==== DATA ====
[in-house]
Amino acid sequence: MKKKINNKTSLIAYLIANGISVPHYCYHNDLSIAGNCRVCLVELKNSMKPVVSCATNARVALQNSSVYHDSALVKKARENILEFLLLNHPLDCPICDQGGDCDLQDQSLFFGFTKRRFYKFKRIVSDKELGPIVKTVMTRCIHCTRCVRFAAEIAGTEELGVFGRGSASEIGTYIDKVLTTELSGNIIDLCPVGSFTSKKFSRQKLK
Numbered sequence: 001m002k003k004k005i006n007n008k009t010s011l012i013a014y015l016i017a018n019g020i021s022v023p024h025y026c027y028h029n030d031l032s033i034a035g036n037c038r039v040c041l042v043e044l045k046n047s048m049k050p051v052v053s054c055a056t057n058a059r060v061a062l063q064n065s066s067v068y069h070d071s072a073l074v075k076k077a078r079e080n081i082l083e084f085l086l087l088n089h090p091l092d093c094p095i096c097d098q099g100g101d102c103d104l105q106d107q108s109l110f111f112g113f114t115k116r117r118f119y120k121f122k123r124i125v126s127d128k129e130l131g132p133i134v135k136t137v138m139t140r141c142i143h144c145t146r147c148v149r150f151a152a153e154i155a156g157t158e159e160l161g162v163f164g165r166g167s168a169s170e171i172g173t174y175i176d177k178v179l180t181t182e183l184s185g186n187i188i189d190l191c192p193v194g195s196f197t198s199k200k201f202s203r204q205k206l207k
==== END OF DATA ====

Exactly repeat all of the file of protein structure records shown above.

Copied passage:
[in-house]
Amino acid sequence: MKKKINNKTSLIAYLIANGISVPHYCYHNDLSIAGNCRVCLVELKNSMKPVVSCATNARVALQNSSVYHDSALVKKARENILEFLLLNHPLDCPICDQGGDCDLQDQSLFFGFTKRRFYKFKRIVSDKELGPIVKTVMTRCIHCTRCVRFAAEIAGTEELGVFGRGSASEIGTYIDKVLTTELSGNIIDLCPVGSFTSKKFSRQKLK
Numbered sequence: 001m002k003k004k005i006n007n008k009t010s011l012i013a014y015l016i017a018n019g020i021s022v023p024h025y026c027y028h029n030d031l032s033i034a035g036n037c038r039v040c041l042v043e044l045k046n047s048m049k050p051v052v053s054c055a056t057n058a059r060v061a062l063q064n065s066s067v068y069h070d071s072a073l074v075k076k077a078r079e080n081i082l083e084f085l086l087l088n089h090p091l092d093c094p095i096c097d098q099g100g101d102c103d104l105q106d107q108s109l110f111f112g113f114t115k116r117r118f119y120k121f122k123r124i125v126s127d128k129e130l131g132p133i134v135k136t137v138m139t140r141c142i143h144c145t146r147c148v149r150f151a152a153e154i155a156g157t158e159e160l161g162v163f164g165r166g167s168a169s170e171i172g173t174y175i176d177k178v179l180t181t182e183l184s185g186n187i188i189d190l191c192p193v194g195s196f197t198s199k200k201f202s203r204q205k206l207k